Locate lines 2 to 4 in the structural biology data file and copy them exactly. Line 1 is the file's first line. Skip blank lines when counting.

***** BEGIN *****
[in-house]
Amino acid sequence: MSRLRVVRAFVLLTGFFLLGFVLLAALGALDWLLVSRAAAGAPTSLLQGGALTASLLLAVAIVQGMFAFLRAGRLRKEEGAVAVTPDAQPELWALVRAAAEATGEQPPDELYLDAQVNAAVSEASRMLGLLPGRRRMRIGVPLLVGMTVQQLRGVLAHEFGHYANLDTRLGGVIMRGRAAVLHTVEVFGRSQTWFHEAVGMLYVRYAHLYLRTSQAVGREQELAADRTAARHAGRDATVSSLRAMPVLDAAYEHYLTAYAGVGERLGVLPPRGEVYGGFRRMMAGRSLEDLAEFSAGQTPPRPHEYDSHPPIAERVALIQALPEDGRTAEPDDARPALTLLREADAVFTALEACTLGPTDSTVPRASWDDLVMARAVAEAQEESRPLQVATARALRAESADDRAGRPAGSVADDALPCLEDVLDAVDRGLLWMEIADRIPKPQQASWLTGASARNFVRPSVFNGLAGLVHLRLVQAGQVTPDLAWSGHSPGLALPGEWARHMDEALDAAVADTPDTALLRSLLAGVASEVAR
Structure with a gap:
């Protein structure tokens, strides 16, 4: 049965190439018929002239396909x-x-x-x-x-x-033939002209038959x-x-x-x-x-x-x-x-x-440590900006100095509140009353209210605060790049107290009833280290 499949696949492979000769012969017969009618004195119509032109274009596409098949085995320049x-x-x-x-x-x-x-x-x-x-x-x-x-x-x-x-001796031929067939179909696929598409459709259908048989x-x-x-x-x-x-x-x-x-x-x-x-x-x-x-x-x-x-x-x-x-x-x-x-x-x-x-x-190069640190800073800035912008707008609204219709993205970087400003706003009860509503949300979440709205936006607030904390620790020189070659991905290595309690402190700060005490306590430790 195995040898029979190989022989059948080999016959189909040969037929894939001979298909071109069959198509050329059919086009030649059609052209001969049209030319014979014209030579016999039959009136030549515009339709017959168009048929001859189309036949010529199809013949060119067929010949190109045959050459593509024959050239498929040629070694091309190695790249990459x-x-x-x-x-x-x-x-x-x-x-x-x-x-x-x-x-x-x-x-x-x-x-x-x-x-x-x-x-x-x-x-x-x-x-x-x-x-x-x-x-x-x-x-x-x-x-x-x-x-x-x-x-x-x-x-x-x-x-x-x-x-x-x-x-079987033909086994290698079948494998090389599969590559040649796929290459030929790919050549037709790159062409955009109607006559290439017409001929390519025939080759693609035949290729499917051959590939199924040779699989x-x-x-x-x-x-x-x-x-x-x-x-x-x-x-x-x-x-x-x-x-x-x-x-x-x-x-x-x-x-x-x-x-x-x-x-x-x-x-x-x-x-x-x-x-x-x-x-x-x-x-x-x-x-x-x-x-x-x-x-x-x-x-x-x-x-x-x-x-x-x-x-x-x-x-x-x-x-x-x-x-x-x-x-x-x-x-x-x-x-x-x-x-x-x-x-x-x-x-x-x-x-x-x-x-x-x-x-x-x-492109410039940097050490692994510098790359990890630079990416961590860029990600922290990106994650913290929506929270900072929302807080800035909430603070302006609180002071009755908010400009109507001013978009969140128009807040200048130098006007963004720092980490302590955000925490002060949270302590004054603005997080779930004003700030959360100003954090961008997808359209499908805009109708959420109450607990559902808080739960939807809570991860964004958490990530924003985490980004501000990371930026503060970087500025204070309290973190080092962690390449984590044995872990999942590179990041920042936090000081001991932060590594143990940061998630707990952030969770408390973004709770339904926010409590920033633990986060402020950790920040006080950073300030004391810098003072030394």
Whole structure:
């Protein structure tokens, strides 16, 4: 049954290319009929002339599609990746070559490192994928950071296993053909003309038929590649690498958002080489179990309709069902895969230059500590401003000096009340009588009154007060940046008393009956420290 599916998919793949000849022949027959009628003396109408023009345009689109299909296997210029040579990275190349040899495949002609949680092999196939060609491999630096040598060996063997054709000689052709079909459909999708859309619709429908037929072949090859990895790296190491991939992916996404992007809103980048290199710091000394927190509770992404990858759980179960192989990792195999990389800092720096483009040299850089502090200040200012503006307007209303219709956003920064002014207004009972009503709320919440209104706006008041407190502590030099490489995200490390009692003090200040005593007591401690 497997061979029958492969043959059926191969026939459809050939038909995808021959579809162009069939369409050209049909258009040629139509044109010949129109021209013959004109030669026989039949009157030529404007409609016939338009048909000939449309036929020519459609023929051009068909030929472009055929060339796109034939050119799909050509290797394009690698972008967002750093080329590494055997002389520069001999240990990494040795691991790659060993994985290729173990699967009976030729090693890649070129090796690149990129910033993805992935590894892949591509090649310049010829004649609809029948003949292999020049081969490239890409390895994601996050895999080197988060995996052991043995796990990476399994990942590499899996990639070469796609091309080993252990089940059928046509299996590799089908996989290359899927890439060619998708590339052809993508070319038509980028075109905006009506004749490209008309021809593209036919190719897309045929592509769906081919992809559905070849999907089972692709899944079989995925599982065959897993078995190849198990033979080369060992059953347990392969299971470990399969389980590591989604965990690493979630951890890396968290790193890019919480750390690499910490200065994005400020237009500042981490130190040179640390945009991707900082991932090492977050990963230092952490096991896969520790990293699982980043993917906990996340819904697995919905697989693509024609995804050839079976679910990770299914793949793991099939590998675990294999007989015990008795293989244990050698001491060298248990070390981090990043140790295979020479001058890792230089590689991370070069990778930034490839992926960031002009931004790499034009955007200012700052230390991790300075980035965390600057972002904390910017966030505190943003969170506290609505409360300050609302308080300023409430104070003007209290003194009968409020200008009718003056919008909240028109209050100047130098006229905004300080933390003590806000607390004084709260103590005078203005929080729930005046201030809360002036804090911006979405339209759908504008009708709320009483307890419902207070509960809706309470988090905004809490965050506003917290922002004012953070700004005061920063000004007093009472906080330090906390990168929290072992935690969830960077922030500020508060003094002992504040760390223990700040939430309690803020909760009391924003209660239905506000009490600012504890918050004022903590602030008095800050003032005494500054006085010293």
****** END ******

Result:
Amino acid sequence: MSRLRVVRAFVLLTGFFLLGFVLLAALGALDWLLVSRAAAGAPTSLLQGGALTASLLLAVAIVQGMFAFLRAGRLRKEEGAVAVTPDAQPELWALVRAAAEATGEQPPDELYLDAQVNAAVSEASRMLGLLPGRRRMRIGVPLLVGMTVQQLRGVLAHEFGHYANLDTRLGGVIMRGRAAVLHTVEVFGRSQTWFHEAVGMLYVRYAHLYLRTSQAVGREQELAADRTAARHAGRDATVSSLRAMPVLDAAYEHYLTAYAGVGERLGVLPPRGEVYGGFRRMMAGRSLEDLAEFSAGQTPPRPHEYDSHPPIAERVALIQALPEDGRTAEPDDARPALTLLREADAVFTALEACTLGPTDSTVPRASWDDLVMARAVAEAQEESRPLQVATARALRAESADDRAGRPAGSVADDALPCLEDVLDAVDRGLLWMEIADRIPKPQQASWLTGASARNFVRPSVFNGLAGLVHLRLVQAGQVTPDLAWSGHSPGLALPGEWARHMDEALDAAVADTPDTALLRSLLAGVASEVAR
Structure with a gap:
């Protein structure tokens, strides 16, 4: 049965190439018929002239396909x-x-x-x-x-x-033939002209038959x-x-x-x-x-x-x-x-x-440590900006100095509140009353209210605060790049107290009833280290 499949696949492979000769012969017969009618004195119509032109274009596409098949085995320049x-x-x-x-x-x-x-x-x-x-x-x-x-x-x-x-001796031929067939179909696929598409459709259908048989x-x-x-x-x-x-x-x-x-x-x-x-x-x-x-x-x-x-x-x-x-x-x-x-x-x-x-x-190069640190800073800035912008707008609204219709993205970087400003706003009860509503949300979440709205936006607030904390620790020189070659991905290595309690402190700060005490306590430790 195995040898029979190989022989059948080999016959189909040969037929894939001979298909071109069959198509050329059919086009030649059609052209001969049209030319014979014209030579016999039959009136030549515009339709017959168009048929001859189309036949010529199809013949060119067929010949190109045959050459593509024959050239498929040629070694091309190695790249990459x-x-x-x-x-x-x-x-x-x-x-x-x-x-x-x-x-x-x-x-x-x-x-x-x-x-x-x-x-x-x-x-x-x-x-x-x-x-x-x-x-x-x-x-x-x-x-x-x-x-x-x-x-x-x-x-x-x-x-x-x-x-x-x-x-079987033909086994290698079948494998090389599969590559040649796929290459030929790919050549037709790159062409955009109607006559290439017409001929390519025939080759693609035949290729499917051959590939199924040779699989x-x-x-x-x-x-x-x-x-x-x-x-x-x-x-x-x-x-x-x-x-x-x-x-x-x-x-x-x-x-x-x-x-x-x-x-x-x-x-x-x-x-x-x-x-x-x-x-x-x-x-x-x-x-x-x-x-x-x-x-x-x-x-x-x-x-x-x-x-x-x-x-x-x-x-x-x-x-x-x-x-x-x-x-x-x-x-x-x-x-x-x-x-x-x-x-x-x-x-x-x-x-x-x-x-x-x-x-x-x-492109410039940097050490692994510098790359990890630079990416961590860029990600922290990106994650913290929506929270900072929302807080800035909430603070302006609180002071009755908010400009109507001013978009969140128009807040200048130098006007963004720092980490302590955000925490002060949270302590004054603005997080779930004003700030959360100003954090961008997808359209499908805009109708959420109450607990559902808080739960939807809570991860964004958490990530924003985490980004501000990371930026503060970087500025204070309290973190080092962690390449984590044995872990999942590179990041920042936090000081001991932060590594143990940061998630707990952030969770408390973004709770339904926010409590920033633990986060402020950790920040006080950073300030004391810098003072030394």